Have you considered any of the other AAR1 antibodies we have? None have been tested for reactivity with dog but I will check the immunogen for ab124780 against the dog sequence (http://www.uniprot.org/uniprot/P11616.fasta) and will send the result of the alignment when I have it.

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Thank you for your reply. If the signal is stronger on frozen section compared to formalin-fixed sections, it indicates that the epitope unmasking may not be proper. We would suggest trying to treat the samples in microwave for different times and to see if the intensity of the signal improves. It is know that certain tissue requires longer retrieval than the other and even if you use a standard well characterized protocol, it may be worth optimizing the technique. As you have suggested, it may well be that the expression level is lower in the lung. One comment on the RT-PCR results - you may need to handle RT-PCR data very carefully. My experience is that high RNA levels do not always correspond with high levels of transcribed protein. If you need anything further or any help then please let us know.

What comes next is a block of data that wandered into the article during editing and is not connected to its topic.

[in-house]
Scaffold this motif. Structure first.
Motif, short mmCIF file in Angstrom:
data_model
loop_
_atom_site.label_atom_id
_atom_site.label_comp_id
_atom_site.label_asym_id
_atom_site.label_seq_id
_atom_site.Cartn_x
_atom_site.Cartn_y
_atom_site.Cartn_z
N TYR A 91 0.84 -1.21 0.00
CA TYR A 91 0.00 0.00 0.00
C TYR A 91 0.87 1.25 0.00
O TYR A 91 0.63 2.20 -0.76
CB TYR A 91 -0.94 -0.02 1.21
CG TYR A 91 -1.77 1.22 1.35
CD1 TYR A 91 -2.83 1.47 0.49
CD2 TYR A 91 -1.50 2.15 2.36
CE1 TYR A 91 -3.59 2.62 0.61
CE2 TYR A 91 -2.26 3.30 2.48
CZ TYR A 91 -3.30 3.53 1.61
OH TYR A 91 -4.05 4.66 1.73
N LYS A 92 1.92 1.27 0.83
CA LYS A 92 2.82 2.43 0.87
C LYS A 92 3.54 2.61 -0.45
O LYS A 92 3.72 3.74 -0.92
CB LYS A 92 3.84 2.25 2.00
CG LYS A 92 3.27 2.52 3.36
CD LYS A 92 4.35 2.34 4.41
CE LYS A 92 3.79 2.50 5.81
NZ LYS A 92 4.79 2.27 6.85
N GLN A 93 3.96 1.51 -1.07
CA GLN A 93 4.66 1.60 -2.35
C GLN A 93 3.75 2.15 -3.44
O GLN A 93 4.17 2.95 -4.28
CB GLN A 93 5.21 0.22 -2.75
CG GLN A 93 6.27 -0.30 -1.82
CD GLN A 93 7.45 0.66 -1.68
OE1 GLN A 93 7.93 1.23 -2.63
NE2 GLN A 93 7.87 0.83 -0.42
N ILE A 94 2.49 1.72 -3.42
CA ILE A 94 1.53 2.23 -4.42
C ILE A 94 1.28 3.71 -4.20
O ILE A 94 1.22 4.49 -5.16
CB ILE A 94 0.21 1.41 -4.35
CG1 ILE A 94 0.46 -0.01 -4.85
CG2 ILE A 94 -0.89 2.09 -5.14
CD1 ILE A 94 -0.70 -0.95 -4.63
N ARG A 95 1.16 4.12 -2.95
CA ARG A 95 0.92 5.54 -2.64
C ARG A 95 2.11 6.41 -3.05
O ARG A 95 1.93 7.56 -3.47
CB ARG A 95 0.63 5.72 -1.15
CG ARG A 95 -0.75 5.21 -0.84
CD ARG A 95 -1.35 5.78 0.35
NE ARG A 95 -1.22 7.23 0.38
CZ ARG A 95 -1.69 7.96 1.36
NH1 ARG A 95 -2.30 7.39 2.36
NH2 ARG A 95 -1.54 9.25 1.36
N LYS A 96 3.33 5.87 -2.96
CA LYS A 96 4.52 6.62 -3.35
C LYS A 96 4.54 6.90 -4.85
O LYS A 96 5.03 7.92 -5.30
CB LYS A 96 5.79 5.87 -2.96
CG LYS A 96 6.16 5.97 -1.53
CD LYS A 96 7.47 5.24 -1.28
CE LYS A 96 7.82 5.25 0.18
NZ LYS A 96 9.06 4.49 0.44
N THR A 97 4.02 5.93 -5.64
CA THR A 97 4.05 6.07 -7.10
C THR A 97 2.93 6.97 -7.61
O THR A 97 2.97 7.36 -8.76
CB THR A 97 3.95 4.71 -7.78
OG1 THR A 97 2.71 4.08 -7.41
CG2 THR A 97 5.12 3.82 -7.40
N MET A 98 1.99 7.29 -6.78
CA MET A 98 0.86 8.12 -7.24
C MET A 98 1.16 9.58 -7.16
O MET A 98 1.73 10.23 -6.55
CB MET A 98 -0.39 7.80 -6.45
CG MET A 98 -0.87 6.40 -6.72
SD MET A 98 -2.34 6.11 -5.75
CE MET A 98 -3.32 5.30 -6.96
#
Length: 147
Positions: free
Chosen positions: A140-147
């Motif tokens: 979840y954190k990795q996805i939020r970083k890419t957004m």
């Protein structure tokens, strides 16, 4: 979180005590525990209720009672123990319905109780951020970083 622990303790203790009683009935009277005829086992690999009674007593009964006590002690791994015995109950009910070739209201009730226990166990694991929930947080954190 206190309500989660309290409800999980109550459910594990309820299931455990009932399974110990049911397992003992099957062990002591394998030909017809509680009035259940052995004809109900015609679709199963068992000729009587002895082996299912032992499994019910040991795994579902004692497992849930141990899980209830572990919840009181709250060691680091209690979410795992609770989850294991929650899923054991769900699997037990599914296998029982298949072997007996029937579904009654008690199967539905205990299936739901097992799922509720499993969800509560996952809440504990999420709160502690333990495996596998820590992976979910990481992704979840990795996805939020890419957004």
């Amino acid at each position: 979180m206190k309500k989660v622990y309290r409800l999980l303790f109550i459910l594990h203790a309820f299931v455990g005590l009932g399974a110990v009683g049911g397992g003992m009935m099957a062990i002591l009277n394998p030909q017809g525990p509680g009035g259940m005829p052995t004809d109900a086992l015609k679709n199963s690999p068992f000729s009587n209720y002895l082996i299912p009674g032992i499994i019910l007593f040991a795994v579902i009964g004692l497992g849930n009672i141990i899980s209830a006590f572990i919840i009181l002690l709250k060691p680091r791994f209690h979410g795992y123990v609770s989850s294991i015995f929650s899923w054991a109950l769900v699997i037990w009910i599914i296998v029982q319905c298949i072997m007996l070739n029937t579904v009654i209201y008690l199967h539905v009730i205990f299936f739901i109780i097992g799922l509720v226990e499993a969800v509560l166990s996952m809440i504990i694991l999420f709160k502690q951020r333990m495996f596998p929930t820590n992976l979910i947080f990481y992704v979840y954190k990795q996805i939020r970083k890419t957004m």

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Thank you for your enquiry and for your patience. We are very sorry to hear that you are having problem with this antibody. We have searched our database and found that this is a popular selling product and your feedback is the first we have received about it not working. Therefore, at this stage, we would suggest that there is either a problem with the vial you received, or modifications to your protocol are needed to obtain a positive result. A1AR protein is highly expressed in brain (especially cerebellum, hippocampus, thalamus, and cortex) and spinal cord and in part, modulates neurotransmitter release. This antibody was tested in human brain (hippocampus sections) and the pattern is plasma membrane staining. Therefore we would suggest using positive control (i.e. human or rat brain sections) along with the samples. If you use formalin-fixed sections we would suggest antigen retrieval (microwave method), but please make sure that the samples are not over-treated. We would also suggest blocking endogenous peroxidase activity which may give unspecific staining. If you are still having problem with this antibody, please contact us again providing the batch number.